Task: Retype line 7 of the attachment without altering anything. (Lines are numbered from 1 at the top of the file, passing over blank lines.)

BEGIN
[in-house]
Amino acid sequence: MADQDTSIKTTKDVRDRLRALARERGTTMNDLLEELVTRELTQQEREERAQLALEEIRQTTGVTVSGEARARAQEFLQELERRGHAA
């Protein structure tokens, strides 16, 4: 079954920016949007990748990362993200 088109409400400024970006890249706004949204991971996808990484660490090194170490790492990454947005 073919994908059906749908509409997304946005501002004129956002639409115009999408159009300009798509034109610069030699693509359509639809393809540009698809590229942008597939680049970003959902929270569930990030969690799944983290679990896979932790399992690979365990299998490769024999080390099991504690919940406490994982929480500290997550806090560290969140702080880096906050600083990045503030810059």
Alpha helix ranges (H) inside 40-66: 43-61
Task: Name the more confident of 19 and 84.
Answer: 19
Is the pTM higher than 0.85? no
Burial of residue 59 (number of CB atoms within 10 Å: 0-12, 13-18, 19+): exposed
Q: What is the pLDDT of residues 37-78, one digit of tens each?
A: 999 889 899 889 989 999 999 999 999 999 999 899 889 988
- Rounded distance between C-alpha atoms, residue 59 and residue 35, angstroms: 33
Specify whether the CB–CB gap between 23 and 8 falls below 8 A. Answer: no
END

Is the pTM higher than 0.85? no